LAKEWOOD RANCH -- The Premier Sports Campus has been a commercial success for the developers of the master-planned community as well as the surrounding area businesses.
But as the 140-acre campus on Post Road off State Road 70 adds music festivals and family fun runs accompanied by "after parties" with music, dancing and disc jockeys, some neighbors say the added noise isn't welcome.
A handful of residents who live in the Banks section of Greenbrook say the noise generated by these events early in the morning and late into the evening are becoming a nuisance, something they never expected when they bought homes there, which they now regret.
"If we had known they were going to take a watermelon patch and turn it into a concert facility, we never would have bought our home here. Everything is about money with this developer. This is
the way they operate. I feel sorry for people whose backyard faces that complex," said Richard Marini, who bought his Golden Eye Glen home in Greenbrook with his wife in 2006.
The Premier Sports Campus has been open for more than a year. This year it began hosting events involving music. In March, the inaugural Winterfest, featuring national acts from multiple music genres, debuted there.
More than 2,000 people showed up early one April morning to take part in a 5K fun run and walk called Color Vibe, in which participants are blasted with different colors along the course, followed by a dance party hosted by a professional sound crew and disc jockey. And in August, a new night-time version of the race, called Neon Vibe, will debut there. Organizers are also promoting an after-party planned to pump up the crowd with club dance music, giveaways and a live DJ.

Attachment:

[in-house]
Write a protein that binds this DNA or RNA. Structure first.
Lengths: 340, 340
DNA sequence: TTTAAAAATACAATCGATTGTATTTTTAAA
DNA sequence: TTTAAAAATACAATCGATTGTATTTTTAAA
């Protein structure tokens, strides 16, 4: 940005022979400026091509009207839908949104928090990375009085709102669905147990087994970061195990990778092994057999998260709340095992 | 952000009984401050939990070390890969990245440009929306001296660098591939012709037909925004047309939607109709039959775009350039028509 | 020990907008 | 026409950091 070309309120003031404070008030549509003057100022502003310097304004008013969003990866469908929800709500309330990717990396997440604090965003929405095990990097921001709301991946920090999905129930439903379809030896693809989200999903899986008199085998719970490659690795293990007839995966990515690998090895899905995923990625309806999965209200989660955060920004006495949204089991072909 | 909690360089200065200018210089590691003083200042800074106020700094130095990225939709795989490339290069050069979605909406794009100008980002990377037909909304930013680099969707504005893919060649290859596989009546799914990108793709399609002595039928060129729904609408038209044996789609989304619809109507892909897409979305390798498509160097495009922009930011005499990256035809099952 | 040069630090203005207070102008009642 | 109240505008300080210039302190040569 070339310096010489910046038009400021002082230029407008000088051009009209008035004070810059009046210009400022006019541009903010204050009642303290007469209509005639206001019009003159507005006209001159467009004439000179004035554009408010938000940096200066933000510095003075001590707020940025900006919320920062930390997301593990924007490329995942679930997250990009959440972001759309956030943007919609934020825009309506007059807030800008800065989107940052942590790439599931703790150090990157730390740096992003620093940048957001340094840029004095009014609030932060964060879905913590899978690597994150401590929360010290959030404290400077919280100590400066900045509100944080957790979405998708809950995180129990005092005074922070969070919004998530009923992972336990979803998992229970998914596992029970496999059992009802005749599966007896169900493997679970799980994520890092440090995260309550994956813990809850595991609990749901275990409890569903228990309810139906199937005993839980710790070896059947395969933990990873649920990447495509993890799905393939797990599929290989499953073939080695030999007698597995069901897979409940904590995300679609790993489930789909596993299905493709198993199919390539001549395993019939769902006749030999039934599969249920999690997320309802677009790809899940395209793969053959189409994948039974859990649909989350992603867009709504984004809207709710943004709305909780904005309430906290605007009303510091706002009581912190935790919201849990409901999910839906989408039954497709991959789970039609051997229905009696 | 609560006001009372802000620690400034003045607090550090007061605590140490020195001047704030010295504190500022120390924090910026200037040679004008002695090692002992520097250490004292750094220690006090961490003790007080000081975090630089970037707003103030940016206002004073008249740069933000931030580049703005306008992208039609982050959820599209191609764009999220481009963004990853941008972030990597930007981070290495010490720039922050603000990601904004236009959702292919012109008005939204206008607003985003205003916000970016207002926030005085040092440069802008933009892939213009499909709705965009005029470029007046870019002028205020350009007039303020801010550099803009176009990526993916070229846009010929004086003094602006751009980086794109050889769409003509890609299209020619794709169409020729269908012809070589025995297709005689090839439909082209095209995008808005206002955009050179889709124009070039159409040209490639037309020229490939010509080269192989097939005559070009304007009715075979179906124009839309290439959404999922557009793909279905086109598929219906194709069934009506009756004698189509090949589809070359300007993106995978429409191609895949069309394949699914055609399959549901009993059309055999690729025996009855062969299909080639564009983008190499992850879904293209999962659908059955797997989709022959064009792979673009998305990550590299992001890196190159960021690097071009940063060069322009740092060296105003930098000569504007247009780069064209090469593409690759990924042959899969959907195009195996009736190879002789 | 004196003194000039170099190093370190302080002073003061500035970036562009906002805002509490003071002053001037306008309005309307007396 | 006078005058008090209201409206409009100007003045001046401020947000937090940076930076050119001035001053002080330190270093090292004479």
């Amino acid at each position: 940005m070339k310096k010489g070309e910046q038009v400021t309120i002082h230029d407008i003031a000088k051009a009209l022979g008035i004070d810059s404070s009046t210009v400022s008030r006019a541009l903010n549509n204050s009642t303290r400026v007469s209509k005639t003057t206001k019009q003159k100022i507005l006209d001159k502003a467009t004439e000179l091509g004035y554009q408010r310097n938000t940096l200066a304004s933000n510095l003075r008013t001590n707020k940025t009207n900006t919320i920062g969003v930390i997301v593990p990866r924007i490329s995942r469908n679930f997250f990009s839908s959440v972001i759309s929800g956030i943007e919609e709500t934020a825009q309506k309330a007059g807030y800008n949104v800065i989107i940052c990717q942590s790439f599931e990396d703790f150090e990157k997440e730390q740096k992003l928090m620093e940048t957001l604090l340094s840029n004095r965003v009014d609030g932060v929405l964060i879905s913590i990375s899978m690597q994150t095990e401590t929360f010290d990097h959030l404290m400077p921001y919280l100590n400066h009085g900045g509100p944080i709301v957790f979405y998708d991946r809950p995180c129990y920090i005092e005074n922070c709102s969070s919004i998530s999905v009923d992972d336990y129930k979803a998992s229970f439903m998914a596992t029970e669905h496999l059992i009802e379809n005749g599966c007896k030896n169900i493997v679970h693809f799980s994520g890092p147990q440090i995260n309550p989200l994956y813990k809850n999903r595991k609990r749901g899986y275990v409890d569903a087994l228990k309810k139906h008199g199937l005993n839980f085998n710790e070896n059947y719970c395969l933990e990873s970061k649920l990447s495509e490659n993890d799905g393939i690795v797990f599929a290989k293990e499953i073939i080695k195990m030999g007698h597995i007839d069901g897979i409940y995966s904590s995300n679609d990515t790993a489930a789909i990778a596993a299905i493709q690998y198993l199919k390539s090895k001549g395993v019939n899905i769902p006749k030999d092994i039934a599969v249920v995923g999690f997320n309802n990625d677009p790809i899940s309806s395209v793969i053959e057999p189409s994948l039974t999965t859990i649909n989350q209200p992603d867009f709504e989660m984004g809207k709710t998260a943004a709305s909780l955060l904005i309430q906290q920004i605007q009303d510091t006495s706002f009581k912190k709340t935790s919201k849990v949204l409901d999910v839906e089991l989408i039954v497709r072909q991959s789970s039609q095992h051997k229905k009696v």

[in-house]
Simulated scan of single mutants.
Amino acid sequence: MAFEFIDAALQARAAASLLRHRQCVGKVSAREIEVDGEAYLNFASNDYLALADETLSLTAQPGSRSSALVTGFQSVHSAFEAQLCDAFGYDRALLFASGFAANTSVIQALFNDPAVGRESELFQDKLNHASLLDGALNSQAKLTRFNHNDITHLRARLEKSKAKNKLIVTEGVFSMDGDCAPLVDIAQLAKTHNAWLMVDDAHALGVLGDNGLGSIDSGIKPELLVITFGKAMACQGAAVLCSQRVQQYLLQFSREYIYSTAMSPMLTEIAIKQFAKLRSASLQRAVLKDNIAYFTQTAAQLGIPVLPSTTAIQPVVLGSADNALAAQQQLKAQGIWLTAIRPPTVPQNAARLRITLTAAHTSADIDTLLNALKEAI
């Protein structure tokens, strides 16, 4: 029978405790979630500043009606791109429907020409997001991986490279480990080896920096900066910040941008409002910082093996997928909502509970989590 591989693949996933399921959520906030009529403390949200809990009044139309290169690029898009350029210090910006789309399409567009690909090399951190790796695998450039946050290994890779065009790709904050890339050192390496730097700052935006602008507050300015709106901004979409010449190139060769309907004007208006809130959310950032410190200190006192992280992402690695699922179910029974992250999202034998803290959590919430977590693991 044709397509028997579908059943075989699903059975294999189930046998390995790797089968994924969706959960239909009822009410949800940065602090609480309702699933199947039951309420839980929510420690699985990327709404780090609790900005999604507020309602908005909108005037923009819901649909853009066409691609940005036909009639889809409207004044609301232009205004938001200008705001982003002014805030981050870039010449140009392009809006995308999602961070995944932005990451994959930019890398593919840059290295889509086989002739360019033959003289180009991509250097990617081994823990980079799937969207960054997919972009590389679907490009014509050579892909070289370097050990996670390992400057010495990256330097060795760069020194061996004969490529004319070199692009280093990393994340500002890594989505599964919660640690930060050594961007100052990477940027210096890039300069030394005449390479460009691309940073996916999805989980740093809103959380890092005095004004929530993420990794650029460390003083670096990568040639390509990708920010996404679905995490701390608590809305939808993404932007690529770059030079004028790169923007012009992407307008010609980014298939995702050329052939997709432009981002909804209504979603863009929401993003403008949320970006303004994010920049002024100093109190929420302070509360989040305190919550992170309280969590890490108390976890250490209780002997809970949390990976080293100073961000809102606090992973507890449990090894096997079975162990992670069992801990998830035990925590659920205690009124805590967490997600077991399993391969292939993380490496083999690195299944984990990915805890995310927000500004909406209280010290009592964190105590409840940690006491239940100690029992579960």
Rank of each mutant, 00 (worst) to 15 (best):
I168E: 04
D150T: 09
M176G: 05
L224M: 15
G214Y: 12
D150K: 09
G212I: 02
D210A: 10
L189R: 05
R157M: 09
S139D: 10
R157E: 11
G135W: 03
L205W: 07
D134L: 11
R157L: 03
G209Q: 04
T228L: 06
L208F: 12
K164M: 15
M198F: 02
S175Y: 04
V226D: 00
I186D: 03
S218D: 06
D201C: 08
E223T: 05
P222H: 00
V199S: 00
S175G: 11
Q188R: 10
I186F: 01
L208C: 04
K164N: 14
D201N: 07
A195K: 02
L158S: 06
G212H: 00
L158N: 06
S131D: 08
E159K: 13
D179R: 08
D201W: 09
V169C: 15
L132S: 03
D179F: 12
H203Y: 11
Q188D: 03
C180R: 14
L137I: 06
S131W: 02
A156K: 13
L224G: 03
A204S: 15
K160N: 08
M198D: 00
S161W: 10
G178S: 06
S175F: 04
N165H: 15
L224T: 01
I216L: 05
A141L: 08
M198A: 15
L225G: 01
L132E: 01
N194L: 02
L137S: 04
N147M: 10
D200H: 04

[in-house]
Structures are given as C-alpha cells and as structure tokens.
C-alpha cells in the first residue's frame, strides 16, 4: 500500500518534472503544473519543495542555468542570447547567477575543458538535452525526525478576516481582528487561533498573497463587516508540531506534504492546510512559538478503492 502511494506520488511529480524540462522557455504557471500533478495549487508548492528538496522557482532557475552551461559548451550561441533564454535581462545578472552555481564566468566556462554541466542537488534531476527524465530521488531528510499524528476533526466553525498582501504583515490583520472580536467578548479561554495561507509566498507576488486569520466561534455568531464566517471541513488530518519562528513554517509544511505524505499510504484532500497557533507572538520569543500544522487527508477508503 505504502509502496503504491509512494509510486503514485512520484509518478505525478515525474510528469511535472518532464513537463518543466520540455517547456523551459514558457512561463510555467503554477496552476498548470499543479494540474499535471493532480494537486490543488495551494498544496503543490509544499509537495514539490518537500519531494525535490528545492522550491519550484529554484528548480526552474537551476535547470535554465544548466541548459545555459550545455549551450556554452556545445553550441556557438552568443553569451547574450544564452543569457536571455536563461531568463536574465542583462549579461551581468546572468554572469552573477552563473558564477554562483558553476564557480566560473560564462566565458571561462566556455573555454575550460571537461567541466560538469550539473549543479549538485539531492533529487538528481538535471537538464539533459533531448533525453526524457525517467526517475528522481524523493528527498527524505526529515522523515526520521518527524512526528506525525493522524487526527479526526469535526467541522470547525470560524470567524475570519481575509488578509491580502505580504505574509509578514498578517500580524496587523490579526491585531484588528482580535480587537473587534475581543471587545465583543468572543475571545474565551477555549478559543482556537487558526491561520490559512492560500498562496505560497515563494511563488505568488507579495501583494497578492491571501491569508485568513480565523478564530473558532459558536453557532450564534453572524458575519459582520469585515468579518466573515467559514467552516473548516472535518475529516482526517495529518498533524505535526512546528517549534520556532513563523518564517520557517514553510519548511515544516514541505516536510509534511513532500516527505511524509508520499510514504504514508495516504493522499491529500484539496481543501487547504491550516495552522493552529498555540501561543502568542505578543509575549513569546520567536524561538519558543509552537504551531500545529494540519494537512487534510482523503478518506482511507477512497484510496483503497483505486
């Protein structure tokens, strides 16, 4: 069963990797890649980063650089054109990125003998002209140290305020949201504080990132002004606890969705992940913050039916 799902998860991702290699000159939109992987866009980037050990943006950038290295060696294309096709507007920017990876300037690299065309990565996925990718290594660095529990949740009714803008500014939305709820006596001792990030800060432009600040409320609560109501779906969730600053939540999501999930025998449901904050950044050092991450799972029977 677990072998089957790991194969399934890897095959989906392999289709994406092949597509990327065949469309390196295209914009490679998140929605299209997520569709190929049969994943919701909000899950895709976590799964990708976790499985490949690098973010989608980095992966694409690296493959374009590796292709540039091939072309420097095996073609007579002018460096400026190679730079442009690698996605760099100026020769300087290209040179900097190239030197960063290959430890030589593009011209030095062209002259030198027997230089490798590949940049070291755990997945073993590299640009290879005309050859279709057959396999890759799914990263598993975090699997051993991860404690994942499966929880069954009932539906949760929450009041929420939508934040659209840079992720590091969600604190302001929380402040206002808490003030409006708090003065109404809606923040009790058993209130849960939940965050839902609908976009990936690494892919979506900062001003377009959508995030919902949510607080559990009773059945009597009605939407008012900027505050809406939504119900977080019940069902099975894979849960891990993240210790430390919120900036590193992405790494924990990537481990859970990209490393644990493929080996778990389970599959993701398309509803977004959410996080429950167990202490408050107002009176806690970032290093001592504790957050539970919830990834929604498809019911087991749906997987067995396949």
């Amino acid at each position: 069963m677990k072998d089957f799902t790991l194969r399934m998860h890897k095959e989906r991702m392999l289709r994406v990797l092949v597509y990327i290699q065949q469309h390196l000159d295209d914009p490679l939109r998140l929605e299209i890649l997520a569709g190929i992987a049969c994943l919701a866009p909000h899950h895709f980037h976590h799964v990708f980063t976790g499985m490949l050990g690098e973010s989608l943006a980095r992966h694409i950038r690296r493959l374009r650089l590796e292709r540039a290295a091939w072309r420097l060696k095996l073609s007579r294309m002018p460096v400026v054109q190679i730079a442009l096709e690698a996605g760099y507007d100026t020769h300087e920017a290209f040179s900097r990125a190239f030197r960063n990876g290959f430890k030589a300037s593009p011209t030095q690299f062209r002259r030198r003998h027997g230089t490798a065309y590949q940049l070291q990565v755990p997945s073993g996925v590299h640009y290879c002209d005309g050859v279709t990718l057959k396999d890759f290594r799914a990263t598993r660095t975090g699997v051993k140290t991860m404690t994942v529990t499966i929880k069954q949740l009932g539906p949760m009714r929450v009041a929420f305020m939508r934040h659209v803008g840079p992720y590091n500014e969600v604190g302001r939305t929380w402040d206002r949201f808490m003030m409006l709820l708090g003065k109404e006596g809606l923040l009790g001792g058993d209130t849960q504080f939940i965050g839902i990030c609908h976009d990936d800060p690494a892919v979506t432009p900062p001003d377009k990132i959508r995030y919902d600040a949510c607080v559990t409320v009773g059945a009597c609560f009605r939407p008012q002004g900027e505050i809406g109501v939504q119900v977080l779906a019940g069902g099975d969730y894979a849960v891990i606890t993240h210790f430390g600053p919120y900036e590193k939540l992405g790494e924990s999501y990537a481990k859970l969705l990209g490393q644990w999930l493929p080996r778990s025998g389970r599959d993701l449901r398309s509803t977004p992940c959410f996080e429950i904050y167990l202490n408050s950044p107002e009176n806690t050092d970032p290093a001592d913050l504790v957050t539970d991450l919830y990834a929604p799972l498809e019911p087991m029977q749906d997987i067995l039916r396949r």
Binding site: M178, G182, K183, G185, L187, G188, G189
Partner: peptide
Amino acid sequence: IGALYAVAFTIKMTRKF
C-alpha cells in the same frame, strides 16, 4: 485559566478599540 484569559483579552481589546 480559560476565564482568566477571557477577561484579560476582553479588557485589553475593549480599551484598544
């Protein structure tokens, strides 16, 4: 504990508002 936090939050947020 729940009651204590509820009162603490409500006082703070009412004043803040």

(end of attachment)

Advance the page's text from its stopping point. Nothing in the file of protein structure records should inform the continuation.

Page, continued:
The Premier Sports Campus has a general, administrative permit approved for low-intensity recreational use, according to Suzanne Fugate, vice president of Lakewood Ranch Development, a division of developer Schroeder-Manatee Ranch Inc., which owns the sports campus.
"Under this permit, all the activities we are holding out there are allowed. The only things we have to get special permits for are the tents," she said.
Greenbrook resident Victor Kline, whose backyard in the Banks section of the village faces the campus, says the pumping bass of the music has become a nuisance. He said the high-intensity lights at the sports facility fields beam directly into his backyard at night. He called them an unfortunate part of the deed-restricted community's growth, but said the music is now a real problem.
"It was a much quieter community when my wife and I moved here. When the sports complex became an entertainment venue, it created noise pollution. I want to do something about it before it becomes the Lakewood Ranch Fairgrounds. The noise is a quality-of-life issue and my wife is concerned about how it could affect our property values," Kline said.
Kline said he has reached out to Manatee County commissioners, the Manatee County Building Department, local law enforcement and SMR. Kline said he tried asking the coordinators of Color Vibe to turn down the bass, which started before the walk began at 9 a.m., but they refused to do so. He's asked the sports complex to make the same request to Neon Vibe.
"Whatever we do, we always make sure it's nothing that will bring any type of issues to our community. Our events are well maintained, they are safe and we have good traffic control. We would never want to do anything that would jeopardize that," said Antonio Saviano, director of sports for the campus, who said he has spoken to Kline and is trying to help him alleviate concerns.
"Neon Vibe is nothing out of the ordinary. They hold it everywhere in the country, including one just recently in Fort Myers. There is no alcohol involved. This is not a rave. The music won't go after 11 p.m. It will be within the guidelines of the Manatee County noise ordinance," Saviano said.
So far, no other residents besides Kline have voiced any concerns about the sports campus to the Greenbrook Homeowners Association or the district, according to Supervisor Keith Davey,
"No one else has said it was a problem so we won't bring it up at a district meeting. We're hearing more positive things about it than anything else."
Kathryn Moschella, Lakewood Ranch reporter can be reached at 941-745-7010. Follow her on Twitter @MoschellaHerald.